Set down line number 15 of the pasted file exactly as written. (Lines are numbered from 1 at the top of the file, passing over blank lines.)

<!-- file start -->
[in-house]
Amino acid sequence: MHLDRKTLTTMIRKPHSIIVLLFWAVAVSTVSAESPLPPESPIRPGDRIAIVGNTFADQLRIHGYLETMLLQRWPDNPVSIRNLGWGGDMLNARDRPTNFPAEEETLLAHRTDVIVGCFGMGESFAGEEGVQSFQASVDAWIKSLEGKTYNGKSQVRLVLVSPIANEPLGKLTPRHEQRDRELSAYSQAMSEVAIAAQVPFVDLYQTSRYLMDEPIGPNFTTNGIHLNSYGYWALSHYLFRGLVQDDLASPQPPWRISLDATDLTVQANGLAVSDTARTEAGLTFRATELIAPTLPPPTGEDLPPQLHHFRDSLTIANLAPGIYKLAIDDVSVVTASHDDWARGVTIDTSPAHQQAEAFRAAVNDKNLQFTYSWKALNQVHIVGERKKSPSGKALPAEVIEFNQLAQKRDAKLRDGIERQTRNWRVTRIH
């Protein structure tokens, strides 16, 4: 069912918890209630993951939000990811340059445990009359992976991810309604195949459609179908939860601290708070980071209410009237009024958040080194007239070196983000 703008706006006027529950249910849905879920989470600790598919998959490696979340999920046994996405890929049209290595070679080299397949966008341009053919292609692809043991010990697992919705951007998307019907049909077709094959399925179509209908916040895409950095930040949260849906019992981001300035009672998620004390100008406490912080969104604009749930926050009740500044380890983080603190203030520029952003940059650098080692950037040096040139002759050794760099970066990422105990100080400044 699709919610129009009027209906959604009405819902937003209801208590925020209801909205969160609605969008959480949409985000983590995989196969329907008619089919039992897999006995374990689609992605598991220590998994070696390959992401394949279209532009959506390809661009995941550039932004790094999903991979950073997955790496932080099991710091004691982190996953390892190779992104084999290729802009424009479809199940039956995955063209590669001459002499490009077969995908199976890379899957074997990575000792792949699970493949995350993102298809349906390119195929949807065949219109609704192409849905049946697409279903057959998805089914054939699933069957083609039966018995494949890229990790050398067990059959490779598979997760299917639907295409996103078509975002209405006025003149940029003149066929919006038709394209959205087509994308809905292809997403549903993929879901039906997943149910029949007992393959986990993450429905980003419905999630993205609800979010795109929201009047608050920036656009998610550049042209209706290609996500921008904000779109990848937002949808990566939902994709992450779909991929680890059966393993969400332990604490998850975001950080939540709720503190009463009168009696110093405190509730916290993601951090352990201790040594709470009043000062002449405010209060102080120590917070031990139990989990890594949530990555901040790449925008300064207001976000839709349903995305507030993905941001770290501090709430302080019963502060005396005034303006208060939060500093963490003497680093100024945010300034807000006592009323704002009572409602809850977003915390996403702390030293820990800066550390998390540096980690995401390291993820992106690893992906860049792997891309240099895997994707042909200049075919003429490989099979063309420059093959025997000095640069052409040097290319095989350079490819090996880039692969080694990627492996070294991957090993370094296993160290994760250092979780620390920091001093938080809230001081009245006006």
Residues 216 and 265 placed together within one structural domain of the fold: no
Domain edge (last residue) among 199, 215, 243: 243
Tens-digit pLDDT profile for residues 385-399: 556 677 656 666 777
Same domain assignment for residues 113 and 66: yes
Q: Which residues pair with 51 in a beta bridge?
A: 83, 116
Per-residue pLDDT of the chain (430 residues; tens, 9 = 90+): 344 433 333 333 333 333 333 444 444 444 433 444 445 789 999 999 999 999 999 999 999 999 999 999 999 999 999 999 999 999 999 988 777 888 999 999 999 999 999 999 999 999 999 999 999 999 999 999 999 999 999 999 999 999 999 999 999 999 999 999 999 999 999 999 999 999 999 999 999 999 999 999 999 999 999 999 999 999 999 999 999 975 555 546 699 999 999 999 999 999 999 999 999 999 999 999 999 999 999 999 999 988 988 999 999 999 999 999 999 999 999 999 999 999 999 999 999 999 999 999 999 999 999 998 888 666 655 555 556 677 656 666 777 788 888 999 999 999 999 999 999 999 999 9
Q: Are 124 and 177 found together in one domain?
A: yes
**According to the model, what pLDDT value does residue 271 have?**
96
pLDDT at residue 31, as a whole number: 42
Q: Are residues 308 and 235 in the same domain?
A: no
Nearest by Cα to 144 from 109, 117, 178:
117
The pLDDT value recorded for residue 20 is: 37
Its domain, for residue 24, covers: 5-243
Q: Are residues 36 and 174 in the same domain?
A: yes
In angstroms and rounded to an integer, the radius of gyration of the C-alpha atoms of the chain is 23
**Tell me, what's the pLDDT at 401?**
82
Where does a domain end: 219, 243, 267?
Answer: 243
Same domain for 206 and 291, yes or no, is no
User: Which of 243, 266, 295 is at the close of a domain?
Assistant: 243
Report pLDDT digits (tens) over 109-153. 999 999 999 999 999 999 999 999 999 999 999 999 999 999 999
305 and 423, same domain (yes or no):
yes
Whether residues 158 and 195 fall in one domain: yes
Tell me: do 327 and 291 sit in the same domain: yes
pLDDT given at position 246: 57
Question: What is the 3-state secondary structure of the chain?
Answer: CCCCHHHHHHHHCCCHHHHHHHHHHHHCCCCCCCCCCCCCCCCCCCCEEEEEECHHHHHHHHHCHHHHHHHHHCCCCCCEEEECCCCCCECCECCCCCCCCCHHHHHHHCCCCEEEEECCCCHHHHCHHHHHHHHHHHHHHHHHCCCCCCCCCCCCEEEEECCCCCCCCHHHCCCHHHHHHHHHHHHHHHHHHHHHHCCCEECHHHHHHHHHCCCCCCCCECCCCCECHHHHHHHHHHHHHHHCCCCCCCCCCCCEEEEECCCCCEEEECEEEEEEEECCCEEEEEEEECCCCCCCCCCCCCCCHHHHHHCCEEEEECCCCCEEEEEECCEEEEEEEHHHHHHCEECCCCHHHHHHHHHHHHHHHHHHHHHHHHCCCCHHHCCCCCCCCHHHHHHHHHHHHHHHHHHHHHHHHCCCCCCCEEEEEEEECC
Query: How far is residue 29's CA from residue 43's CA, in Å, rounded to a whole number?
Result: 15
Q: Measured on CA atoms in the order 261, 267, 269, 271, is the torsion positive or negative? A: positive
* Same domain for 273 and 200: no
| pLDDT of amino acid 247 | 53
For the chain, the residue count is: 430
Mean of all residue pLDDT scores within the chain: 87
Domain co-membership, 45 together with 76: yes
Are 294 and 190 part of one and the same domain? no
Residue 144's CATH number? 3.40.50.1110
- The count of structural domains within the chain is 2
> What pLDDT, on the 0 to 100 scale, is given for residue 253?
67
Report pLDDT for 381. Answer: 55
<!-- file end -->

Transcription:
pLDDT at residue 31, as a whole number: 42